One of the good guys, who everyone loved, was taken from his family and friends after a freak accident while he was playing the game he loved, on Oct. 4, 2018.
Noah Trulsen, 22, had been playing men’s league recreational hockey game in Langley and was heading back to the bench for a line change when he tripped and smashed head-first into the boards.
He never recovered.
“We would like to thank both hockey teams on the ice, the paramedics, ambulance attendants, and police that attended and tried to help our son at the arena, as well as the doctors and nurses at Langley hospital who tried, in vain, to save our son. We love you son and we will think of you every day,” said Noah’s dad, Rick Trulsen, on Facebook at the time.
Soon after his death, a gofundme page was set up with a modest goal of raising $10,000.
But within days that target was exceeded, so that by the middle of December, almost $19,000 of $20,000 had been raised for the Noah Trulsen Memorial Fund.
Noah’s legacy continues to grow with a bursary now created in his honour. That bursary, approximately $1,500, supported by the memorial fund, will be given to a Maple Ridge hockey-playing student who’s enrolled in a trades program, said his mom Lorraine Trulsen.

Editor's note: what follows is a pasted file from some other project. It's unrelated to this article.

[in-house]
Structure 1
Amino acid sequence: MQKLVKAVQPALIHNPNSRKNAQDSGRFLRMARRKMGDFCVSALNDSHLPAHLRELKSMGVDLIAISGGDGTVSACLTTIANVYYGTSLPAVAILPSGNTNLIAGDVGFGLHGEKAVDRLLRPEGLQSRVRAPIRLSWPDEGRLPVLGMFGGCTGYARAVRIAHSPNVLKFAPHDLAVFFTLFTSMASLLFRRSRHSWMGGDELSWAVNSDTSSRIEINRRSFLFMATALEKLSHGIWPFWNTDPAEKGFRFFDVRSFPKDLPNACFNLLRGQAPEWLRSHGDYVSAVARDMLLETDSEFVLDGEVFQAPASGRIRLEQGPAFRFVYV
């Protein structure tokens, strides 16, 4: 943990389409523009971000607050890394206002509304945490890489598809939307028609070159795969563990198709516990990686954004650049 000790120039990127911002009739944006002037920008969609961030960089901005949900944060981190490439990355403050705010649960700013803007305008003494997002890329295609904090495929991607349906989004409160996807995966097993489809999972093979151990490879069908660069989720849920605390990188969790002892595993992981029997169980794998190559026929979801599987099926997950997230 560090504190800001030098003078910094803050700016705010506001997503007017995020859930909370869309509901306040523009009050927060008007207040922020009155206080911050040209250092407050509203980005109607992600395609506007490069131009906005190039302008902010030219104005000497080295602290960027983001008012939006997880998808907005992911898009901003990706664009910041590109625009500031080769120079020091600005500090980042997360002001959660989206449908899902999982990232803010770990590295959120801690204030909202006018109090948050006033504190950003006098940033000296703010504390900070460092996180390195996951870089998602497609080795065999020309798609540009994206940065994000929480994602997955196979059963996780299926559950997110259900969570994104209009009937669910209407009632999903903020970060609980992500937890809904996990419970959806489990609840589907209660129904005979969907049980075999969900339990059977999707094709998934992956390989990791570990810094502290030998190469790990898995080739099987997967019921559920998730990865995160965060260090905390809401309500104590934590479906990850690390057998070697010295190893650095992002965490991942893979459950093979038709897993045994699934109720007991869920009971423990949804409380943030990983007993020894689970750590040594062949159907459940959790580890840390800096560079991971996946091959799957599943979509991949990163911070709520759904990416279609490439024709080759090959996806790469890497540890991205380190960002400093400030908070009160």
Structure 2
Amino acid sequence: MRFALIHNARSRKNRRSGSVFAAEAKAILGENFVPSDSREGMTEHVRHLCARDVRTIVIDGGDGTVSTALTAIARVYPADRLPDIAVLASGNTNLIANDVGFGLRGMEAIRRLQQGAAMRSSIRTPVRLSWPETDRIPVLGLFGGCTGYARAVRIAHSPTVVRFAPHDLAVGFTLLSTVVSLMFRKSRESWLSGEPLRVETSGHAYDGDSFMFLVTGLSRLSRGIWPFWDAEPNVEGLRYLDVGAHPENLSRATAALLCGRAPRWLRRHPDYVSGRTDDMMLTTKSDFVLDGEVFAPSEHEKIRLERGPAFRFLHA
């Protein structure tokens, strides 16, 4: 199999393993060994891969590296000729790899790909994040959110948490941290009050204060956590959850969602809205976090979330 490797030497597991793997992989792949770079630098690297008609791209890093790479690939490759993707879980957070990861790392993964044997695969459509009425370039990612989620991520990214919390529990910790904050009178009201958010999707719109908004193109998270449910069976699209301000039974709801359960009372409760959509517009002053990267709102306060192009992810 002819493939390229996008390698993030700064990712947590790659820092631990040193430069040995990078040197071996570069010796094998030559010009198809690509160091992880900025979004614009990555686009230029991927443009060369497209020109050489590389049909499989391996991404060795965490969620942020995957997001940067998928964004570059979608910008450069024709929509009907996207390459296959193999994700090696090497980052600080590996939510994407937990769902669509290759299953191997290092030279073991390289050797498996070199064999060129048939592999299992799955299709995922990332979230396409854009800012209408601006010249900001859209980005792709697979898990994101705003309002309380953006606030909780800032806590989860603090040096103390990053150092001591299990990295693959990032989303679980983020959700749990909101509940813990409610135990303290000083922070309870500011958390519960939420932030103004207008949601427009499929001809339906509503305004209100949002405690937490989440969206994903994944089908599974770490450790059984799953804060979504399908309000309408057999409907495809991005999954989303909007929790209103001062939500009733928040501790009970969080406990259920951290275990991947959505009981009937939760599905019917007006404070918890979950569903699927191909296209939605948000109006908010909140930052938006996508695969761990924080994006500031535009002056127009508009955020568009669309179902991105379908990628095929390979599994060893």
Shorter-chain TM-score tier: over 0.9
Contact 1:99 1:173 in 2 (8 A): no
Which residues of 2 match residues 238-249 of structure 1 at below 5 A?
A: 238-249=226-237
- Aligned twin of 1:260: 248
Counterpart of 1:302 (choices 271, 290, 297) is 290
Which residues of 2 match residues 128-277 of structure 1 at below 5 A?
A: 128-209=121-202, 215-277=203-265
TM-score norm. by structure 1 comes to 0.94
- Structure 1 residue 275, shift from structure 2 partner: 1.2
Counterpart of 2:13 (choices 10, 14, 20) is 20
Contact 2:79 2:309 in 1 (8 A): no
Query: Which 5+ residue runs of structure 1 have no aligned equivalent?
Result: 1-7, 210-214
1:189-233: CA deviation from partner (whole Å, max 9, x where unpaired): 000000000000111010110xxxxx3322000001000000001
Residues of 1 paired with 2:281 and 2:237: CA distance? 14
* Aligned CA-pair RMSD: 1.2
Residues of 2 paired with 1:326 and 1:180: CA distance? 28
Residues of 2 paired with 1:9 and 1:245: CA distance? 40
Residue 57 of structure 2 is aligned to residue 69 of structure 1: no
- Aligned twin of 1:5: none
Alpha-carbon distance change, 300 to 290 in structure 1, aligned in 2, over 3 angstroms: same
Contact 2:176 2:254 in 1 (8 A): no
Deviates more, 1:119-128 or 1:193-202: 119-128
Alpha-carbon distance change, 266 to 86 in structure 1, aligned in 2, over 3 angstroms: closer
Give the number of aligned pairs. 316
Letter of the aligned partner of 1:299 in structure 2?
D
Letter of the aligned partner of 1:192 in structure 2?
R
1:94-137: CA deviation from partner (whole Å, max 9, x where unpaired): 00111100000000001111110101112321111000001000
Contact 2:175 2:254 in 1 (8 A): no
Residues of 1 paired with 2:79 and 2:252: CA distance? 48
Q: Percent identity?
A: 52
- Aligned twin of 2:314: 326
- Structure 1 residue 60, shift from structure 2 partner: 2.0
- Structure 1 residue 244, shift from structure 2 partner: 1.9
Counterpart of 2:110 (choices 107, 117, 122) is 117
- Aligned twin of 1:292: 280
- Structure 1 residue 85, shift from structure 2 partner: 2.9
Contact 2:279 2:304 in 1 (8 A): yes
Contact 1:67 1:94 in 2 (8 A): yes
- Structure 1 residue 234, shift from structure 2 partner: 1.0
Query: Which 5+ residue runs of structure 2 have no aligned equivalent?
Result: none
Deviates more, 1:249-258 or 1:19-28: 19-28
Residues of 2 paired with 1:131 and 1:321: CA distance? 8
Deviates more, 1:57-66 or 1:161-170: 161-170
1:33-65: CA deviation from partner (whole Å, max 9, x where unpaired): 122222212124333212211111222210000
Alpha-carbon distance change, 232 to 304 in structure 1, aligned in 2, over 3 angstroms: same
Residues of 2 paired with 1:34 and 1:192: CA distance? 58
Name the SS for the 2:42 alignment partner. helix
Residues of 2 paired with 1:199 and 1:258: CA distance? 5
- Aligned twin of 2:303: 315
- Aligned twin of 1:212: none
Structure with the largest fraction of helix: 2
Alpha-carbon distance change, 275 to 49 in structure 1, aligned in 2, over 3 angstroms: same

Another fundraiser in the works is a juvenile C scholarship tournament that also will provide a scholarship in Noah’s name.
In another tribute, the Hometown Heroes Tournament that takes place Jan. 2 to 5 will have Noah declared at the hometown hero. The whole family will be there in his honour to drop the puck to kick off the tourney. As well, minor hockey’s Winter Roundup, in the last week of December, featured a breakaway challenge in his honour.
Noah Trulsen played his younger years with the Ridge Meadows Minor Hockey Association and was a scholarship recipient in his Grade 12 season, 2012-13, and had recently completed the fourth year of a post-secondary Red Seal electrical training program.
His brother Matthew is a goaltender now with the Port Moody Panthers of the Pacific Junior Hockey League, while his parents, Rick and Lorraine, are long-time minor hockey volunteers.
Lorraine said her gentle giant of a son obviously made an impression on people.
“We knew he was a good kid inside our four walls, but we’re so proud of the man he was out in the world,” she said. “He was kind, he was gentle, he was caring, he was empathetic, he was loving …
“If he knew you for five minutes or knew you for 10 years, he made you feel like you were his best friend.”